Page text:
Good morning, readers. Our weather is bipolar. Saturday: fifty degrees, rain and green grass. Sunday: back to snow. This is the third such turnaround in the past month. Spring's here! No, it's not. Spring's here! No, it's not. What-ever.
Here's some of the excellent things I've read while the weather goes through its repeated identity crises. Each tale deals with loss, be it of family, home, rights, or civilization as we know it.
The Handmaid's Tale by Margaret Atwood.
If you had to read this in high school, like me, then maybe you remember the bizarre sexual practice of pairing young fertile women with old, politically powerful men with the geezer's wife present and holding the handmaid's hands during the act! If you're a writer, read it again for the language. More than pure poetry, how Atwood plays with words--damn, all I can say is BRAVO!
If you enjoy her vision of a dark future, don't miss The Year of the Flood and Oryx and Crake. Yes, I'm talking to you, fans of King's The Stand. You'll love all three.
Chris Clive's Incendiary
Proceed only if you have a strong stomach and can handle works inspired by 9/11. A wife and mother loses her family in a fictional terrorist attack by Osama Bin Laden. The novel is composed as a letter to Osama, creating a work both gut-wrenching (as expected) and hilarious (bizarrely unexpected). While Little Bee is better, this one is well worth the journey. The main character is far from perfect and the twist at the end is too awful to contemplate (because it's all too believeable).
A movie exists starring Michelle Williams. I can't wait to find a copy.
The Girl Who Fell From The Sky by Heidi W. Durrow
I read this right after Incendiary and between the two, I'm not sure which one was more painful. Sounds like a criticism, but no. Both of these books hurt me, but the sorrow was sweet. They made me ache for people that don't exist. They made me want to do a better job evoking reader's emotions with my characters.
Durrow's beautifully crafted novel is told from several points of view, each voice full and genuine. Rachel--half black, half Danish--moves in with her black grandmother after losing her family--a gruesome event in which she is the only survivor.
I hung onto every word of Rachel's struggle with racial identity because my kids are mixed. Seeing their preference for lighter-skinned dolls at age four is frightening. I worry how they'll be viewed by their peers and how they'll view themselves.
Like Incendiary, the twist at the end is beyond belief.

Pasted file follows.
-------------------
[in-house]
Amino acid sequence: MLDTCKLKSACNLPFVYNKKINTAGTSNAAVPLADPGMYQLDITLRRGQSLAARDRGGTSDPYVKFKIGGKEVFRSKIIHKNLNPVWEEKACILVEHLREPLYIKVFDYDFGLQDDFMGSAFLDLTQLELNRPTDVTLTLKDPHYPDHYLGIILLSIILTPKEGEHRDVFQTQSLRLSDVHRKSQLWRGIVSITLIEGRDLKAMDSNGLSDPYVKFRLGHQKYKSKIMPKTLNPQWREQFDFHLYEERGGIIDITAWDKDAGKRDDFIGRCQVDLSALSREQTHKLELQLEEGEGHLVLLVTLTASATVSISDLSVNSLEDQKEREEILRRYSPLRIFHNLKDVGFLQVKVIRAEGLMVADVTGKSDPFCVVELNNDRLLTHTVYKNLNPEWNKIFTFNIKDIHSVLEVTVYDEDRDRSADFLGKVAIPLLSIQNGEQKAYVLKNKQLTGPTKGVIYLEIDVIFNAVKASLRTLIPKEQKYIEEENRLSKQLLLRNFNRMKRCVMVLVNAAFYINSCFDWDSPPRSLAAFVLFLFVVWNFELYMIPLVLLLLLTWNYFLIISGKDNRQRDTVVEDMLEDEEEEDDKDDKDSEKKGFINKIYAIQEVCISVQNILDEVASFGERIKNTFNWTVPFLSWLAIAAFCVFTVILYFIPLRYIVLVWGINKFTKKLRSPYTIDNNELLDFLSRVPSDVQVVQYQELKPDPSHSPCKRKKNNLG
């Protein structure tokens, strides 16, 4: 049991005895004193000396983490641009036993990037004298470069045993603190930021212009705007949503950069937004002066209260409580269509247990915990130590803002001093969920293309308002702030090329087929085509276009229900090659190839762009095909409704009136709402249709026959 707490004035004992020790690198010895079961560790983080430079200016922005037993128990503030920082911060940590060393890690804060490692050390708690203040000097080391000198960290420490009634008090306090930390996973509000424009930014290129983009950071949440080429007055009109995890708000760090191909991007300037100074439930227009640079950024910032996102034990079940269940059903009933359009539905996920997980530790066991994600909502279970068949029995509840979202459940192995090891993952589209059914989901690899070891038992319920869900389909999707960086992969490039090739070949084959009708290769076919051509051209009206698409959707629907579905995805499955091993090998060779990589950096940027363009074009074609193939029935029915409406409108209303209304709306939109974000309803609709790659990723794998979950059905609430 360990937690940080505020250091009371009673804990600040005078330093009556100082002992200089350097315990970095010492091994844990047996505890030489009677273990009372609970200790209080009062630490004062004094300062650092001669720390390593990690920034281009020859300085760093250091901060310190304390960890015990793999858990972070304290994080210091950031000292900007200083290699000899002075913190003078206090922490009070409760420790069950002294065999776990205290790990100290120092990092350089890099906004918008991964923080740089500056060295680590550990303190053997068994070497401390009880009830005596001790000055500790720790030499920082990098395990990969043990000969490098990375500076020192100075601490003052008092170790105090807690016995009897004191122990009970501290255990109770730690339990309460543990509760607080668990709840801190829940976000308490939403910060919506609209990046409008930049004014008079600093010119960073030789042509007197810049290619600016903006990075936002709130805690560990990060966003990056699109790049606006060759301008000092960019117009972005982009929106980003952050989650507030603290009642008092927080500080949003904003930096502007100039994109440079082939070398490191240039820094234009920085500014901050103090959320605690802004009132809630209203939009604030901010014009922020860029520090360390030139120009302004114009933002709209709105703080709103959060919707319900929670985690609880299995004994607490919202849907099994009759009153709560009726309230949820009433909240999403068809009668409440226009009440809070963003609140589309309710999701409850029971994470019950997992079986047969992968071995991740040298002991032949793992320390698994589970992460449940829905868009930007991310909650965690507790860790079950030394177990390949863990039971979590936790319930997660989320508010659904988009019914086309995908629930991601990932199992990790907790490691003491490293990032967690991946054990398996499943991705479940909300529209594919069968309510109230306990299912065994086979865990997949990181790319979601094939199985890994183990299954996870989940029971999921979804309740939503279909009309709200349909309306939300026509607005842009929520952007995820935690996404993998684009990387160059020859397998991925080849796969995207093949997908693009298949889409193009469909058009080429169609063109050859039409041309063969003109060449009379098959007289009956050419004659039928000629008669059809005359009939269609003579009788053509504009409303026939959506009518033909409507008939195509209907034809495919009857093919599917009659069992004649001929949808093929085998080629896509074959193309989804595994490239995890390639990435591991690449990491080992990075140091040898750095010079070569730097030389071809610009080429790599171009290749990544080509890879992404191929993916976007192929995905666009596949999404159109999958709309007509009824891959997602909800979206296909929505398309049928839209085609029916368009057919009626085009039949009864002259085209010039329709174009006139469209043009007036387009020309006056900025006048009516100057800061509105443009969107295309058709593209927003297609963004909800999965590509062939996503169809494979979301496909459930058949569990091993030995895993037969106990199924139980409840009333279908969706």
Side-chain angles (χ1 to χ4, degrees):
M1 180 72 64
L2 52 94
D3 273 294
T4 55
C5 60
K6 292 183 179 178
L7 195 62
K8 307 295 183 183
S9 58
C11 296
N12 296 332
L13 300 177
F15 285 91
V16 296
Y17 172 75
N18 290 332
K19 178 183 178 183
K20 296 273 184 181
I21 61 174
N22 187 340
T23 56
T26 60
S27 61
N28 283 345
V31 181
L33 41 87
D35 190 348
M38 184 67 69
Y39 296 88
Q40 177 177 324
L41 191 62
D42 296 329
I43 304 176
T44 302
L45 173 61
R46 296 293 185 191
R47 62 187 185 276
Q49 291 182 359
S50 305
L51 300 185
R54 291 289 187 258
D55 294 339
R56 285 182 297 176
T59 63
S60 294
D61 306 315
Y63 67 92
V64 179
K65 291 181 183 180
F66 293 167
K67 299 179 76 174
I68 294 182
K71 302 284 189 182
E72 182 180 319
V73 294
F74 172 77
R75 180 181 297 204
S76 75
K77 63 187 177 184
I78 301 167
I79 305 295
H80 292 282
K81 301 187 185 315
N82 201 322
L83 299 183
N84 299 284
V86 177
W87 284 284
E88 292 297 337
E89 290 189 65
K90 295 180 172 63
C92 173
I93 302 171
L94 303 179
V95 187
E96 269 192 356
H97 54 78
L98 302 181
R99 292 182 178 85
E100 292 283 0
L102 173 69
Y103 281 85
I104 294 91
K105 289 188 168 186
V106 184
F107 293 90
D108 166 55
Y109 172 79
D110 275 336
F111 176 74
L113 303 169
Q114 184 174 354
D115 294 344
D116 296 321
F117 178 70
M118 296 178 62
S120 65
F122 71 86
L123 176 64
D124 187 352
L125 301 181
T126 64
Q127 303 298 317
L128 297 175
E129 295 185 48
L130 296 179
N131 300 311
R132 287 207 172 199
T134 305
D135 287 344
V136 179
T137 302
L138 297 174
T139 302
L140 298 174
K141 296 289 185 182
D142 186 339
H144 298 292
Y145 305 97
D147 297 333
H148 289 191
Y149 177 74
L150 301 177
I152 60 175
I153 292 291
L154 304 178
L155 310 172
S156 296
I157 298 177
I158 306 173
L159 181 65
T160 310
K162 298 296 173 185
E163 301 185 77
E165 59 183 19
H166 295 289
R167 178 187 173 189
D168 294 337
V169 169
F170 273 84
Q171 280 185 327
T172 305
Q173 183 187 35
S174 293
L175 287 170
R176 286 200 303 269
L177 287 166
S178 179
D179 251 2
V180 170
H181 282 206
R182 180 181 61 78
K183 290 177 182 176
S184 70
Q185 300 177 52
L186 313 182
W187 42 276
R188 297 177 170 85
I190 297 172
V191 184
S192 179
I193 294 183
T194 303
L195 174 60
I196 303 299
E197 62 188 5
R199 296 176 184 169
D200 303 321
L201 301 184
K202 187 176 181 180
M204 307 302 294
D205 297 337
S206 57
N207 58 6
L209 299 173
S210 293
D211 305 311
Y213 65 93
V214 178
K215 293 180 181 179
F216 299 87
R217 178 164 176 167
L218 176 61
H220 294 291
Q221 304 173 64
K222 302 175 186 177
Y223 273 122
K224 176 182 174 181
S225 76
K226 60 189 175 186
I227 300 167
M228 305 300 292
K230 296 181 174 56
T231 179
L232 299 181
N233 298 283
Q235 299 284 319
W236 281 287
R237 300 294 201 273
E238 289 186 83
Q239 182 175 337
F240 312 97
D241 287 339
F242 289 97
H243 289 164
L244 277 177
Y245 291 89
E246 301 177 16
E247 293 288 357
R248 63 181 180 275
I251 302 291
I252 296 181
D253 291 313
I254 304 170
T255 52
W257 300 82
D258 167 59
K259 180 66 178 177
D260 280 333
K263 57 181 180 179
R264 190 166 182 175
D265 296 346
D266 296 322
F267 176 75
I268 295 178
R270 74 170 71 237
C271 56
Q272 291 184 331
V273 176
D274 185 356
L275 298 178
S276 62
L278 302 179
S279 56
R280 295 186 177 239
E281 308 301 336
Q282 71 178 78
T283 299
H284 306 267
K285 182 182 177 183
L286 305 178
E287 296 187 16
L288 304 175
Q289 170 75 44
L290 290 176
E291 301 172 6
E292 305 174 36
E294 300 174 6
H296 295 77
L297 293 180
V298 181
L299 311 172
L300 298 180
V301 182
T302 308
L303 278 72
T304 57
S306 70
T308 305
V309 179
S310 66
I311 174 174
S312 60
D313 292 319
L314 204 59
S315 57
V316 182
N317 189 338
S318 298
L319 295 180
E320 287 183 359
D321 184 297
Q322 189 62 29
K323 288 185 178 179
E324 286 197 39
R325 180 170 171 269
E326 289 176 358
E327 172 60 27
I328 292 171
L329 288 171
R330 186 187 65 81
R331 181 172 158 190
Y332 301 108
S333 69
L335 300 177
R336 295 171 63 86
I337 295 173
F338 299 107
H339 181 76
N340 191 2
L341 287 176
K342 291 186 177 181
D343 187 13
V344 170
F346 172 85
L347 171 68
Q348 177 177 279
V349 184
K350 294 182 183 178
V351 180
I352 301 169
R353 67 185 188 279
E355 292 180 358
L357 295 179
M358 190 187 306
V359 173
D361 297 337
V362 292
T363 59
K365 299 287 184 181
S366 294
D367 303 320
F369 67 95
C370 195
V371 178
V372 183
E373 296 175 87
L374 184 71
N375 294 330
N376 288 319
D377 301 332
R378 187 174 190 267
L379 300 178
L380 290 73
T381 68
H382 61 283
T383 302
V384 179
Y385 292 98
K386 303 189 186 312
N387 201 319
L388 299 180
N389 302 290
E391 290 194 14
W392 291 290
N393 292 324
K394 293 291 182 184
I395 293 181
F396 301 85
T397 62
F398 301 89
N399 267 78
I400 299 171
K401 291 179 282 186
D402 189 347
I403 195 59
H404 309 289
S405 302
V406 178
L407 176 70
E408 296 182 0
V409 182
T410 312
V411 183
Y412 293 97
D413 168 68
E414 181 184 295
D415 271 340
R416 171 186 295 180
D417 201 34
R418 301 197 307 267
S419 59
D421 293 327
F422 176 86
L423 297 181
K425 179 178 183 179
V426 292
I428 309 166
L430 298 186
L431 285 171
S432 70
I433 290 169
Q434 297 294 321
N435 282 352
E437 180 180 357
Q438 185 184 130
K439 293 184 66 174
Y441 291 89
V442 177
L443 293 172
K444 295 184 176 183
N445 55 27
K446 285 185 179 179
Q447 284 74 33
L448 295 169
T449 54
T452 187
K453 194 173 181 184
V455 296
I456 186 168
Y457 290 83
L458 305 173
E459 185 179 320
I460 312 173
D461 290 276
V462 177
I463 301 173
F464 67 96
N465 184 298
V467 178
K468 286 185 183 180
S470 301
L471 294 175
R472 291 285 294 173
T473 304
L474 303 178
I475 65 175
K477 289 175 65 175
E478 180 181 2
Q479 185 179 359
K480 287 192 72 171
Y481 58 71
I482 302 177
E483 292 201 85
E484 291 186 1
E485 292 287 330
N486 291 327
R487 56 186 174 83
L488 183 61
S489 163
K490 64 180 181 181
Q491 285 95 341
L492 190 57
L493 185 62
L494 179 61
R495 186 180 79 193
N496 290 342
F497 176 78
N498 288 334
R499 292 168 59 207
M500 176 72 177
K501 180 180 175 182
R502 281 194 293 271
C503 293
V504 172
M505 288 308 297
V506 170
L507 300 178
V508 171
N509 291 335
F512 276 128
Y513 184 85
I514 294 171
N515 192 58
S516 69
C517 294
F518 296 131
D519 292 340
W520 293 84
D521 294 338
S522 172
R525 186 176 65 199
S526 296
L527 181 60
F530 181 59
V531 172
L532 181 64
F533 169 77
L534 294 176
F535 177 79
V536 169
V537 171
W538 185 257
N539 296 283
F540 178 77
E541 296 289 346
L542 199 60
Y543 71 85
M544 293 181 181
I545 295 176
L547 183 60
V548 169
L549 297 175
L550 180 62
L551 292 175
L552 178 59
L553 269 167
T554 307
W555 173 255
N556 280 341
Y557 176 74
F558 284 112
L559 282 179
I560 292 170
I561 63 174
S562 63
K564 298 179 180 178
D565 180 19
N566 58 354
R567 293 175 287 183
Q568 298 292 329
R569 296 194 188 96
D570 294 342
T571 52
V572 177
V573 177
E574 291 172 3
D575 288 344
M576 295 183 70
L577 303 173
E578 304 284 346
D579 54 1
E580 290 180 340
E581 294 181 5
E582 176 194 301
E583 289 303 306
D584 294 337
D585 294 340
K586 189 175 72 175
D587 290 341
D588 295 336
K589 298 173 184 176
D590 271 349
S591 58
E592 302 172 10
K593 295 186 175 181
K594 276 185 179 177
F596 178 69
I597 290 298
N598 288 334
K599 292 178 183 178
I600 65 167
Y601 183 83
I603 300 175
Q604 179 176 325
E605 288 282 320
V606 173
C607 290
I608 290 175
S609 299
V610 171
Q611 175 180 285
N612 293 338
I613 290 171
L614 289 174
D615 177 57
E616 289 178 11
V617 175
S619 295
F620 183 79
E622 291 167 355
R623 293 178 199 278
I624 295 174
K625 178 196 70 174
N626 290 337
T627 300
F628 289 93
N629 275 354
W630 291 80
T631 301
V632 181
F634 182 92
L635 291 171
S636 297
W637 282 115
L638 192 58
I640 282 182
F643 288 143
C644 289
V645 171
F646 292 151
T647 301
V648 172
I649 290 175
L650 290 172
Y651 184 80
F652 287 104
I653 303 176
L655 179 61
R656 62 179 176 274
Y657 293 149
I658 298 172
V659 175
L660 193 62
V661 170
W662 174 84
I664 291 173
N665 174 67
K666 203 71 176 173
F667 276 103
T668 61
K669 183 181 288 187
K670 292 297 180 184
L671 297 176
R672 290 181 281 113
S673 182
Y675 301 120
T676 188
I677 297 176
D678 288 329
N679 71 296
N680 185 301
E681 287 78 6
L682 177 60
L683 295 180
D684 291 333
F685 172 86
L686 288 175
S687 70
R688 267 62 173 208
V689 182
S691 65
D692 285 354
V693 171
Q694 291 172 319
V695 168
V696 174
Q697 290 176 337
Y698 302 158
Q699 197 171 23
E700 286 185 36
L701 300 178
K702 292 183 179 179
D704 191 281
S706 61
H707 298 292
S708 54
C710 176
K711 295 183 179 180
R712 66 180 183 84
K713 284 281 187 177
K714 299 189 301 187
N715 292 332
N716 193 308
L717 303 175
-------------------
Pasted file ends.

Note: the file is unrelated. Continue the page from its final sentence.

Requiem by Fire by Wayne Caldwell
This is Wayne Caldwell's sequel to Catalootchee. I read these for a couple of reasons. My parent's have lived in the Asheville, NC area for over twenty years and it is surreal to read of familiar places as they were a hundred years ago. Caldwell incorporates his historical research into the story with grace--something I want to emulate in my next manuscript. While Catalootchee gets wrapped up in the characters and setting to the point of sacrificing plot, Requiem keeps things moving. The chapters on firebug Willie McPeters puts this character on par with King's Trashcan Man.
Hmmm . . . I wonder if I could relate all these books to The Stand--some kind of six-degrees of separation deal. Nah, I'll leave that as an exercise for you.
And last, but not least, Jodie Picoult's Sing You Home.
This is the first book I've gotten that comes with its own CD soundtrack. I haven't listened to the songs yet, but I like how she substitutes 'Track' for 'Chapter'.
Is it just me, or do several of Picoult's books feature obstetrians, midwives, or something else related to childbirth? Not that there's anything wrong with that. I've decided each of my novels will feature a cat.
Image courtesy of Strep72
Anyhoo, she creates a fascinating conundrum for her characters. Zoe, having lost her baby late into the pregnancy, also loses her husband to divorce when he decides he can't handle another fruitless attempt at IVF. She finds new love--with a woman--remarries and decides to give motherhood one last shot by placing her frozen embryos in her partner's healthy uterus.
But not so fast! Zoe's ex-husband has given up alcohol for Jesus and can't stand the thought of his children being raised by two women bound for hell. So he sues for the right to give the embryos to his equally evangelically-minded brother and wife who are also struggling with infertility issues.
This book does a great job at showing the difficulties same-sex partners face. It would have been easy to make the religious side completely evil, but Picoult doesn't do that. Somehow, she makes you root for characters on both sides.
What wonderful books have you read lately?